T h e World of Birds. By James Fisher and Roger Tory Peterson. 288 pages, including 90 with colour lithograph plates of nearly 700 species, more than 200 maps and many half-tone illustrations. Macdonald, London, 1964. 5 gns. Contrary to some expectations, every increase in ornithological knowledge seems to multiply the numbers of amateur as well as professional ornithologists eager to learn more, and each new specialist offshoot quickly contributes towards ever wider and more ambitious efforts of summation and presentation in a new perspective. No sooner have we become accustomed to field-guides to bird identification on a more or less continental scale than we are faced with almost annual offerings of truly global range and of impressive competence and clarity. While each of these can and should be critically reviewed, this generation o£ ornithologists would be ungrateful indeed not to acknowledge their good fortune and indebtedness for a series of works which in comprehensiveness, up-to-dateness, accuracy and attractiveness of presentation have probably yet to be matched in any other branch of world-wide learning. Mr. Fisher and Dr. Peterson, combining the fruits of nearly a century of field work between them, have attempted no less a task than t o review the natural history of an estimated total of 8,580 living species of birds against the background of their evolution within 200 families, and of the many-sided studies and contacts to which they have been subjected by man. Inevitably the result is often sketchy, and sometimes superficial, but it is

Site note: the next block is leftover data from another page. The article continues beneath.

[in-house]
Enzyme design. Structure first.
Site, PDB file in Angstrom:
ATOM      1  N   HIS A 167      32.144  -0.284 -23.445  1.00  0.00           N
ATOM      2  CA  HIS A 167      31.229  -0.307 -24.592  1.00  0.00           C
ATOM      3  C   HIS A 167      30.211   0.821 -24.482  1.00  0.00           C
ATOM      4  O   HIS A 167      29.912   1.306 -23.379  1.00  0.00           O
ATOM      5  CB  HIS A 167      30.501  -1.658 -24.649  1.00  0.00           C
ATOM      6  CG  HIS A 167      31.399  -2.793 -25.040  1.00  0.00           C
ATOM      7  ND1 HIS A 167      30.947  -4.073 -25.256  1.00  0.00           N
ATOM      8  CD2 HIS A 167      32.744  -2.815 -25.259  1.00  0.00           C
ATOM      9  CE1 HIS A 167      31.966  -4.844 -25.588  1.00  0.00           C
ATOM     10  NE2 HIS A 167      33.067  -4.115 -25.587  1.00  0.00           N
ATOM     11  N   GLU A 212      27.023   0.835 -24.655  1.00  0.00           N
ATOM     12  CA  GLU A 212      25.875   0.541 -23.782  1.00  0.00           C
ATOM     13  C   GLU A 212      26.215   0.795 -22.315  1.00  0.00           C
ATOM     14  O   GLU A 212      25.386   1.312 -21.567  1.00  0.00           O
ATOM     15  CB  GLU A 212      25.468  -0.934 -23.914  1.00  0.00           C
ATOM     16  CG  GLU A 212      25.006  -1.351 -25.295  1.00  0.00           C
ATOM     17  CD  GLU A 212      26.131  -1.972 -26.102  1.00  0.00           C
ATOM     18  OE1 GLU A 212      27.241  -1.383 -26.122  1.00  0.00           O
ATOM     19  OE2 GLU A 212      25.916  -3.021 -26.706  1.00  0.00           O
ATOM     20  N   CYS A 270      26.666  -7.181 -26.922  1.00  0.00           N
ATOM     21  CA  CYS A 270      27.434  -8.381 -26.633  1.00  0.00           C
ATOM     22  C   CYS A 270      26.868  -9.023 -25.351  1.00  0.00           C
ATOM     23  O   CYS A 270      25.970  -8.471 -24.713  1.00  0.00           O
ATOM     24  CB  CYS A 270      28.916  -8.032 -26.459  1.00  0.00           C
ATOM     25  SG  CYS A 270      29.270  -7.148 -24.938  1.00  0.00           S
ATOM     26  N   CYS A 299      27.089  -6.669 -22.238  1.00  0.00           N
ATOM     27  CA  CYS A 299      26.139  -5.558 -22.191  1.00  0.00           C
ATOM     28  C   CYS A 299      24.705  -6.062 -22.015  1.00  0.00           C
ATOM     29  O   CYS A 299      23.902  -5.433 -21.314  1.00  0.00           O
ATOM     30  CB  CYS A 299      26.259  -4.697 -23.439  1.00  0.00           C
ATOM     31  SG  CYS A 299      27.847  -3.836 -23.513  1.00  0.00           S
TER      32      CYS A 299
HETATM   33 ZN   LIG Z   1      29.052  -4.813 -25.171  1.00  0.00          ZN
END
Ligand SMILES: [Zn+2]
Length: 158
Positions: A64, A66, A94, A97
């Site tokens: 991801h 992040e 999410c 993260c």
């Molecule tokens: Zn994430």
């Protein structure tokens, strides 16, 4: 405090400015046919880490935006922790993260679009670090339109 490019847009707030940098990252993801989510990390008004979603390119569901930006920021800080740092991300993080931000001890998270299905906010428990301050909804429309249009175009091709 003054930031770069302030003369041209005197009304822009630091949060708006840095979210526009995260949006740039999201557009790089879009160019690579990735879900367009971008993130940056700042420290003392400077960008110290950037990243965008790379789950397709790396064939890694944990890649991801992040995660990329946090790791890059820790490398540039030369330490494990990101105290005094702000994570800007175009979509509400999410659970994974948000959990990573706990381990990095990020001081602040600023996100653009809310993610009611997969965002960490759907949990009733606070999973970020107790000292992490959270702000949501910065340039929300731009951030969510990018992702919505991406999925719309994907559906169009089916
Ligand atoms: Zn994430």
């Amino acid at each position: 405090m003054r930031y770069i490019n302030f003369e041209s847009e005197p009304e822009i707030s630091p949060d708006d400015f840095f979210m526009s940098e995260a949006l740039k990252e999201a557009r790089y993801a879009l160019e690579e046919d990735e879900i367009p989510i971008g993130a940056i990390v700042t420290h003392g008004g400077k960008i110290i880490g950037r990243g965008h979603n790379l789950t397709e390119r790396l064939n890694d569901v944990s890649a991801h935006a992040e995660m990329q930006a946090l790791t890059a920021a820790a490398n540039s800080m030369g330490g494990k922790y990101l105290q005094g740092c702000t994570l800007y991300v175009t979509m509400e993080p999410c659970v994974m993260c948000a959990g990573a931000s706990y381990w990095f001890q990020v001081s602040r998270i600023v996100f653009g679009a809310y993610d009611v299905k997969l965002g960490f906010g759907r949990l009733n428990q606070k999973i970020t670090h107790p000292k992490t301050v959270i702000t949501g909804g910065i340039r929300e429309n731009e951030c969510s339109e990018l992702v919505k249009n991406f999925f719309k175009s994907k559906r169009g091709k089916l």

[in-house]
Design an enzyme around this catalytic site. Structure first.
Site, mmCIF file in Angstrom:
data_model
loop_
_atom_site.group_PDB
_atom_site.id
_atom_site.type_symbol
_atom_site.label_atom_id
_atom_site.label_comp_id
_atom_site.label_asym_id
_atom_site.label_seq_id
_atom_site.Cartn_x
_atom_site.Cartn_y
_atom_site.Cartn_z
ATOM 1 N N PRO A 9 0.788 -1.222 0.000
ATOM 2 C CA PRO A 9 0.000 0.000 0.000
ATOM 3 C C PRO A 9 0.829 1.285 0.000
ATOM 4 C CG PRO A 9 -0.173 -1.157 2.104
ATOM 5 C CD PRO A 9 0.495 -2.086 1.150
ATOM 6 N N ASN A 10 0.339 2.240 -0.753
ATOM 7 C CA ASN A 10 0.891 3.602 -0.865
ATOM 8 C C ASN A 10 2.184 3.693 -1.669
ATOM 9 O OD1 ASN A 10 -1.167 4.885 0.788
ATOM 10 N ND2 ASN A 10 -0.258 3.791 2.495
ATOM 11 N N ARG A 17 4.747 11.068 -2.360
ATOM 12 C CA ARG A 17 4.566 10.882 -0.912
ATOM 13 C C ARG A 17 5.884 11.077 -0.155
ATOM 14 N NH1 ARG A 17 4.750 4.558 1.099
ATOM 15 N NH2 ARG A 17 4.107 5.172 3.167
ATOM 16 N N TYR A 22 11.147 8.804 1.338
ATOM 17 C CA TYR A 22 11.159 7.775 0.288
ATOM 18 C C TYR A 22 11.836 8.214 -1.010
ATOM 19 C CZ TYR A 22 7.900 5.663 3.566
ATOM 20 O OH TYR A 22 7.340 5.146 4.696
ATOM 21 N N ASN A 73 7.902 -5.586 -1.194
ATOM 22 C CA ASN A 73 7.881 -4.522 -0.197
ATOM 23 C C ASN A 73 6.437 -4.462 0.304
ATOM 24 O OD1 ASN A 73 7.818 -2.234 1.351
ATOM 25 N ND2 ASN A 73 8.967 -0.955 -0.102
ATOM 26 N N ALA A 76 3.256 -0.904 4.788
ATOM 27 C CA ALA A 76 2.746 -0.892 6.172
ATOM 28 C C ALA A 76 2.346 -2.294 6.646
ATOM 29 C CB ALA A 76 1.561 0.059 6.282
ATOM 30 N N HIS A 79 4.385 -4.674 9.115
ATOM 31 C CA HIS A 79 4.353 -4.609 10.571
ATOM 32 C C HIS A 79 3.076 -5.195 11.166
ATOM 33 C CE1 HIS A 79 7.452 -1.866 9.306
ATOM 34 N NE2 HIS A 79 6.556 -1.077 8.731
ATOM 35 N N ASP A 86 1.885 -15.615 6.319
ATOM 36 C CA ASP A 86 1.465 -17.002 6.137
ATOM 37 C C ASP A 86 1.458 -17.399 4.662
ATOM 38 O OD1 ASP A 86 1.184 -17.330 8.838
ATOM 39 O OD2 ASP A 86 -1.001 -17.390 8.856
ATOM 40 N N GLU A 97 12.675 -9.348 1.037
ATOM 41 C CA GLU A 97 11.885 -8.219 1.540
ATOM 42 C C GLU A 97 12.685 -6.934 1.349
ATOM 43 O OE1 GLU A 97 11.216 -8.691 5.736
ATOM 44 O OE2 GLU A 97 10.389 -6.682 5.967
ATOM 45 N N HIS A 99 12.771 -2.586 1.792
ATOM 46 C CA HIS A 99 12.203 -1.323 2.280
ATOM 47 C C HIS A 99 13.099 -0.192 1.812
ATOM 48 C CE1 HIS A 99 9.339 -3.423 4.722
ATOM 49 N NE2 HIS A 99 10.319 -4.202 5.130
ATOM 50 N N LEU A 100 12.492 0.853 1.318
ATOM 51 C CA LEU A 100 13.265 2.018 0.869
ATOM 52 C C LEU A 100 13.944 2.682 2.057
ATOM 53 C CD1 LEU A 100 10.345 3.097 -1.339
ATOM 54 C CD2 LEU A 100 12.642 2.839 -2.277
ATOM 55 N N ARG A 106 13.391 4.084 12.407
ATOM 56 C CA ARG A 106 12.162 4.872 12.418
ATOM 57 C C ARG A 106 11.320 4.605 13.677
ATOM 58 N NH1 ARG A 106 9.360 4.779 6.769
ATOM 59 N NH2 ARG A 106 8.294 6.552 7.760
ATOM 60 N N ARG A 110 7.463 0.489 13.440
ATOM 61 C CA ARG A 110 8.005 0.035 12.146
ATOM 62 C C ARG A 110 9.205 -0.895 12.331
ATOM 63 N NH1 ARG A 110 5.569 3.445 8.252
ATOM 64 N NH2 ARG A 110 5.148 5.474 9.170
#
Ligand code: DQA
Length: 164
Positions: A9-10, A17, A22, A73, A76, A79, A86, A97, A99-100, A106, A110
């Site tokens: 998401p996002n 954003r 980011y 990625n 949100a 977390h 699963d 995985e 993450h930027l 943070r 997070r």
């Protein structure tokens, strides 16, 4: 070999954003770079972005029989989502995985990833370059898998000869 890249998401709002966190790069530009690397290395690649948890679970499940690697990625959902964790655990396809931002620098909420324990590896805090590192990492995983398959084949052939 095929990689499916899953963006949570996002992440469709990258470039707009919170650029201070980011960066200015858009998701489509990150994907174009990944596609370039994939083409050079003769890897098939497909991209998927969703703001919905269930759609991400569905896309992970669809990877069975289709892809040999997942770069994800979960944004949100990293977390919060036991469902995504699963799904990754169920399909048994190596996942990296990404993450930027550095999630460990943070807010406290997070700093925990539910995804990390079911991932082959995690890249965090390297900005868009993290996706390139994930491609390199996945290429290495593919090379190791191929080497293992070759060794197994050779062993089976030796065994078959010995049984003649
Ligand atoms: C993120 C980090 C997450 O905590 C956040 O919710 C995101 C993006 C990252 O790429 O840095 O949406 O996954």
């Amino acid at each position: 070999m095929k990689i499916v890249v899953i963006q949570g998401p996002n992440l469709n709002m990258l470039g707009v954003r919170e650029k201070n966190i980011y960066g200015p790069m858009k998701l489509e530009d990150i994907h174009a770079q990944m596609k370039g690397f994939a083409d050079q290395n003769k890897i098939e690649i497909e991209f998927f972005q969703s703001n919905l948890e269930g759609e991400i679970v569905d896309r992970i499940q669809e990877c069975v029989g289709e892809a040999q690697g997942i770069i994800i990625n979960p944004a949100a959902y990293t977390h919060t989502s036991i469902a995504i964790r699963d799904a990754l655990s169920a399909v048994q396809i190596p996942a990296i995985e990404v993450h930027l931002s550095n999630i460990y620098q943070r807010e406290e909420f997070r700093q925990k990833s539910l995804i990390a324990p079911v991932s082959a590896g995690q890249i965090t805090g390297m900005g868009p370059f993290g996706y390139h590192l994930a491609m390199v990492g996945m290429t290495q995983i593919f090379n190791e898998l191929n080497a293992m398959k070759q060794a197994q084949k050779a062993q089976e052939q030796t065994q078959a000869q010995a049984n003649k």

Issue 11

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